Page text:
The New York Times today called for U.S. troops to surrender Iraq to the insurgents and al-Qaida in an editorial, “The Road Home,” that was long on words, short on logic, and absent of heart.
In calling for abandoning Iraq, the Times has abandoned the underpinnings of liberal principles: that the government exists to protect the poor, the elderly, the infirm and women.
While I believe that government exists to protect the rights of its citizenry, I respect that contrarian position.
The Times would leave that principle on the battlefield in its bizarre call to flee at once — “It is time for the United States to leave Iraq, without any more delay than the Pentagon needs to organize an orderly exit.”
The Times argument is the war is unpopular so we should. That is childish. Was the war right because it was popular at the time? Should we execute criminals because that is popular? The Times has too long a history of unpopular things that it supports to make the “applause-o-meter argument.”
War is not a television game show to be cancelled after 4 seasons.
The chaos would result in zero civil liberties for 25 million Iraqis. The Times clamored for extraconstitutional rights for 500 or so jihadists at Gitmo — men captured on the battlefield. Now the Times is willing to forfeit any civil justice system at all in Iraq.
What the Times proposes may be over-the-top, but it should be remembered for the Times has abandoned its principles.
Its next call to spend more money on the environment will be framed with the reminder of how large a carbon footprint the Al-Qaida Car Bombing Brigade will leave in Iraq if we surrender immediately.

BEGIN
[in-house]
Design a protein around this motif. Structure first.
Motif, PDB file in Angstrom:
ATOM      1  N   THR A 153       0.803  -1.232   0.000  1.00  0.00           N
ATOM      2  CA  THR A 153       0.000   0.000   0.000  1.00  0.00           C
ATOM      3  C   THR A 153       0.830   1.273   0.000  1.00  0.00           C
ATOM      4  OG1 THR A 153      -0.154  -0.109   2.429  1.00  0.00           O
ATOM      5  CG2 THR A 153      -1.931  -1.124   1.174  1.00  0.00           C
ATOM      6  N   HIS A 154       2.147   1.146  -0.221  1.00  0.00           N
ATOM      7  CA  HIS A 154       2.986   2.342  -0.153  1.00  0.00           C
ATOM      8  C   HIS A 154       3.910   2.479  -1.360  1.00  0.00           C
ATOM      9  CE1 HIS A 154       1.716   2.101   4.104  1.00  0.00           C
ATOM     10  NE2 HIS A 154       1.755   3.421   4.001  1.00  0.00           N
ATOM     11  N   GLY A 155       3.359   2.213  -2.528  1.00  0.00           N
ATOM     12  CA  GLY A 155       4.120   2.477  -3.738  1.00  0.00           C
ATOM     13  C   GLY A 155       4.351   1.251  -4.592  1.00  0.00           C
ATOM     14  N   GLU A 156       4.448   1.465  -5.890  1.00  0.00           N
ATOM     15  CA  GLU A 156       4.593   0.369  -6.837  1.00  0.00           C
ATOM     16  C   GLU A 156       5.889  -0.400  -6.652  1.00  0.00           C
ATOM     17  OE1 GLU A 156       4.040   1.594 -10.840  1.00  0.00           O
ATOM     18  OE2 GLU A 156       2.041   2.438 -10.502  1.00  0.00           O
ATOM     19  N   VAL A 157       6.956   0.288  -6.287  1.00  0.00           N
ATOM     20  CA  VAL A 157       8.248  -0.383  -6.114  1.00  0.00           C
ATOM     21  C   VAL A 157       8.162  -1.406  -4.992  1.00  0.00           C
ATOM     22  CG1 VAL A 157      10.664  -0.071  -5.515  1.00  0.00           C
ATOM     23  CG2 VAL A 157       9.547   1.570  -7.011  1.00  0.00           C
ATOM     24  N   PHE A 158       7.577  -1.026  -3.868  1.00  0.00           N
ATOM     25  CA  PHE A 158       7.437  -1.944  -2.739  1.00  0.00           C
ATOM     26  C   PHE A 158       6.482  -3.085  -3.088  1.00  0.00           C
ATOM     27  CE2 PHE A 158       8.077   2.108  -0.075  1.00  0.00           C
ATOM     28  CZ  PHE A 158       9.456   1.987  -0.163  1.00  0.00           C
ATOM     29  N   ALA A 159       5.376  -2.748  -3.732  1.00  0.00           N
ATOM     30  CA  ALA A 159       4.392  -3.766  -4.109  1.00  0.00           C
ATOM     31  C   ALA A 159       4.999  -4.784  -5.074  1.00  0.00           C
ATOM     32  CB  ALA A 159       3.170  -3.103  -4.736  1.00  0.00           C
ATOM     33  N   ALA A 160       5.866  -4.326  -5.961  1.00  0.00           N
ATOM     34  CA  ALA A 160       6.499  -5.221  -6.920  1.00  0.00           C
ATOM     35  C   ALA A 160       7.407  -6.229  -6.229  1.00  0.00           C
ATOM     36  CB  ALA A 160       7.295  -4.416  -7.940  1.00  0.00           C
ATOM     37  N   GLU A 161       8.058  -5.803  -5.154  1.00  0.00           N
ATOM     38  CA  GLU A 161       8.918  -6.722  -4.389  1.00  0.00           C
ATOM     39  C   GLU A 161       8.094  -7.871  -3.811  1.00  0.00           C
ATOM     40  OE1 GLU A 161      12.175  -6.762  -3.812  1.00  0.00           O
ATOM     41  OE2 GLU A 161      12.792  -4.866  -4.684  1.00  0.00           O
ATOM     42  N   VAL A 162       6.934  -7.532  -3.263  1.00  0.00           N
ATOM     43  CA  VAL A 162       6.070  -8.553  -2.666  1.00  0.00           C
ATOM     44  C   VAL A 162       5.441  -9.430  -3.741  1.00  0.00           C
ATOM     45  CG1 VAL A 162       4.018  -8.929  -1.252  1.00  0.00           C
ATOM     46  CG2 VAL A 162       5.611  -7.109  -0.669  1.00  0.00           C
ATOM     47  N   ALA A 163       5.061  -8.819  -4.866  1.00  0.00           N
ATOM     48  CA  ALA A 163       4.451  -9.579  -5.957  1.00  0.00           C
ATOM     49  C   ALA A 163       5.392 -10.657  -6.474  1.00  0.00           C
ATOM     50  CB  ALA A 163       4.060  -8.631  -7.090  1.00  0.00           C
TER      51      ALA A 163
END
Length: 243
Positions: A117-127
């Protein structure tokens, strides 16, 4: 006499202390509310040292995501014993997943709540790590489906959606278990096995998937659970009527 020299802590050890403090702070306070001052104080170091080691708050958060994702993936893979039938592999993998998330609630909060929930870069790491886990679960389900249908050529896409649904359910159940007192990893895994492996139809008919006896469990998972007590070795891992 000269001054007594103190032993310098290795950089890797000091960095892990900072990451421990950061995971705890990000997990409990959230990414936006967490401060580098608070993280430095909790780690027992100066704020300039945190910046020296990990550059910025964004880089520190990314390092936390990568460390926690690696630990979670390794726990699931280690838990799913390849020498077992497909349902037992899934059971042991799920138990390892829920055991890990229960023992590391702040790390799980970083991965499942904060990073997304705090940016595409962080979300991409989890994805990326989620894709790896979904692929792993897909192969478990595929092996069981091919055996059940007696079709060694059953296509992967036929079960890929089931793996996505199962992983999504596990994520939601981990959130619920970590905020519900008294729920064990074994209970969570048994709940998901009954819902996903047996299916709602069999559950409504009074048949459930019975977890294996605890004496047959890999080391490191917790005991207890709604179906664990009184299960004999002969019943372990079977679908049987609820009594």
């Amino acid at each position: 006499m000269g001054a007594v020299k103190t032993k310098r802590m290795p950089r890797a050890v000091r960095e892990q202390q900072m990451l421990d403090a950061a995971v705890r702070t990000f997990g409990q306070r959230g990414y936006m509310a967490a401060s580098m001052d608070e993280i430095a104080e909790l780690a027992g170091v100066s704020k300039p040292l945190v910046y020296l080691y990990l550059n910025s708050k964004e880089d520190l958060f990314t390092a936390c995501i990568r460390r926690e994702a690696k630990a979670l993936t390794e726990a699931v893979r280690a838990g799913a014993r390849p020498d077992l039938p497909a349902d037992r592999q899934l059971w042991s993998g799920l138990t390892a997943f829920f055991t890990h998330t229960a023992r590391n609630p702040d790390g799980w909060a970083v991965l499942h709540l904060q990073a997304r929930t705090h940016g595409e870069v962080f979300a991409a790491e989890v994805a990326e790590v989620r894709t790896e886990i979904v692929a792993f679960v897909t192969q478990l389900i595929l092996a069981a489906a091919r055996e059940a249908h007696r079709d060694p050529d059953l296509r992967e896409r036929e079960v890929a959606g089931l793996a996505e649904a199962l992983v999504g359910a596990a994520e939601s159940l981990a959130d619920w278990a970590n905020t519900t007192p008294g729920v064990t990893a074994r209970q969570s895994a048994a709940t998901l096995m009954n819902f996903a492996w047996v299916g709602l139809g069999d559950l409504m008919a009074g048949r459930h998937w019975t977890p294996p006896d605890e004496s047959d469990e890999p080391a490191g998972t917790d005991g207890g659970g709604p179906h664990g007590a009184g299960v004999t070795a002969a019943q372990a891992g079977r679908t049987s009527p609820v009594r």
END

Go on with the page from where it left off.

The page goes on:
Its next call for equal pay for women will be framed with a reminder that the Times is willing to allow in Iraq for the stoning of raped women as punishment for “adultery.”
Its next call for more spending on education will be framed with the reminder that the Times is willing to allow students in Iraq to be blown up in their schools and to be forced to attend jihadist schools.
Its next call for “affordable housing” will be framed with the reminder that the Times is willing to allow for millions more to become refugees in Iraq as they flee the violence that will engulf that nation in the wake of a withdrawal of the U.S. troops.
Its next call for revamping Homeland Security will be framed with the reminder that the Times is willing to allow Iraq to resume its role as the chief exporter of terrorism to Israel.
Just as 150 years ago, the nation could not survive half free, half slave, so teh world cannot survive half free, half slave.
In Genesis, Cain asked the question which was the foundation of civilization: “Am I my brother’s keeper?”
The Times got that basic question wrong today.